DTI sees economy back to prepandemic levels by next year


AFTER the Philippine economy exited recession, the Department of Trade and Industry (DTI) is anticipating a return to prepandemic growth levels by next year.

Trade Secretary Ramon Lopez said in a virtual event on Wednesday that the 11.8-percent economic growth in the second quarter—the first uptick in over a year—will provide the country momentum for the rest of 2021.

“Prospects for 2021 are encouraging and will allow us to recover to prepandemic levels in 2022. This will prevent long-term scarring and productivity losses,” he said.

Lopez is banking on the information technology-business process management (IT-BPM) and export industries in driving the economy towards recovery.

The IT-BPM industry has been “instrumental” in providing employment and boosting productivity, Lopez said, noting that it eyes to grow by at least 5 percent this year. The sector has adjusted its business model to adapt in pandemic, implementing work-from-home arrangements amid mobility restrictions.

Last year, the employment in the IT-BPM industry grew by 1.8 percent to 1.32 million while revenues rose by 1.4 percent to $26.7 billion.

Exports, meanwhile, are seen to continue to be driven by the electronics sector as this accounts for bulk of the outbound shipments. Lopez said the industry is allowed to operate amid the lockdown measure, which can help production.

Addressing the unemployment, Lopez said that the partnership between the National Employment Recovery Strategy Task Force and the Employers’ Confederation of the Philippines aims to generate 1 million jobs this year amid the pandemic. The project seeks to employ Filipinos in several sectors, including construction, manufacturing, tourism, hospitality and export sectors.

The DTI chief said the economic recovery will also be supported by the vaccination program, in addition to safe reopening of the economy “at the appropriate time.”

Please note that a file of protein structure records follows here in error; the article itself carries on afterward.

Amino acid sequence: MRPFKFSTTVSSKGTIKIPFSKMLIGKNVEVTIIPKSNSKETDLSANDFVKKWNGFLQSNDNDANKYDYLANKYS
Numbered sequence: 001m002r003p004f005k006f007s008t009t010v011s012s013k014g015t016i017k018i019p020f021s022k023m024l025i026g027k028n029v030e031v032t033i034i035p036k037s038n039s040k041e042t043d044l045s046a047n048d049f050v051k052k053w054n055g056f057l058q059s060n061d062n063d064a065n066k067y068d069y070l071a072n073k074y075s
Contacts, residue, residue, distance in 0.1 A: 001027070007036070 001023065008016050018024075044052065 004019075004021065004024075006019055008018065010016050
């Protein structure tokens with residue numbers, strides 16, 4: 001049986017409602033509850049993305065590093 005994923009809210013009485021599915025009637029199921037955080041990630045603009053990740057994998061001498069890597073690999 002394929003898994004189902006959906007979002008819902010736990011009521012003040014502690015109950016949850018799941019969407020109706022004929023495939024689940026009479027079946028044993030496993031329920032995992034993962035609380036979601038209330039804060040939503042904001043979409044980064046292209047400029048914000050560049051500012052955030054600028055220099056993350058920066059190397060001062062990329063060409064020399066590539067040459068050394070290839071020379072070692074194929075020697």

“This ECQ [enhanced community quarantine], the concern with Delta is a serious one, but definitely will be a temporary one because [with] the preventive ECQ, we hope we will never see…[a] big surge [like in] other countries,” Lopez said. Metro Manila is under ECQ from August 6 to 20.

Spending, jabs—Finex

WHILE the second quarter saw some growth, Financial Executives Institute of the Philippines (Finex) noted that the figures remained below the prepandemic levels.

“Getting close to the official growth targets would be helped by increased public spending, particularly on infrastructure, sustained rapid vaccination to support business and consumer confidence, and improvement in health care capacity,” Finex President Francisco ED. Lim said.

Calibrated measures

THE DTI chief attributed the second-quarter economic growth to the “government’s continuing efforts to safely balance lives and livelihoods.” He said that the administration is implementing calibrated measures to manage the risks when reopening the economy.

Lopez explained that essential activities were also given priority amid the lockdown to allow key businesses to operate.

“The robust performance was sustained as we focused the restrictions on the less essential activities while allowing the rest of the economy, especially the essential and labor-intensive sectors such as the exports and BPO [business-process outsour-cing] sectors to operate, so as to save jobs and income,” Lopez said.

The trade official hopes that the current ECQ will be able to prevent the spread of the Delta variant, allowing the government to ease the restrictions.

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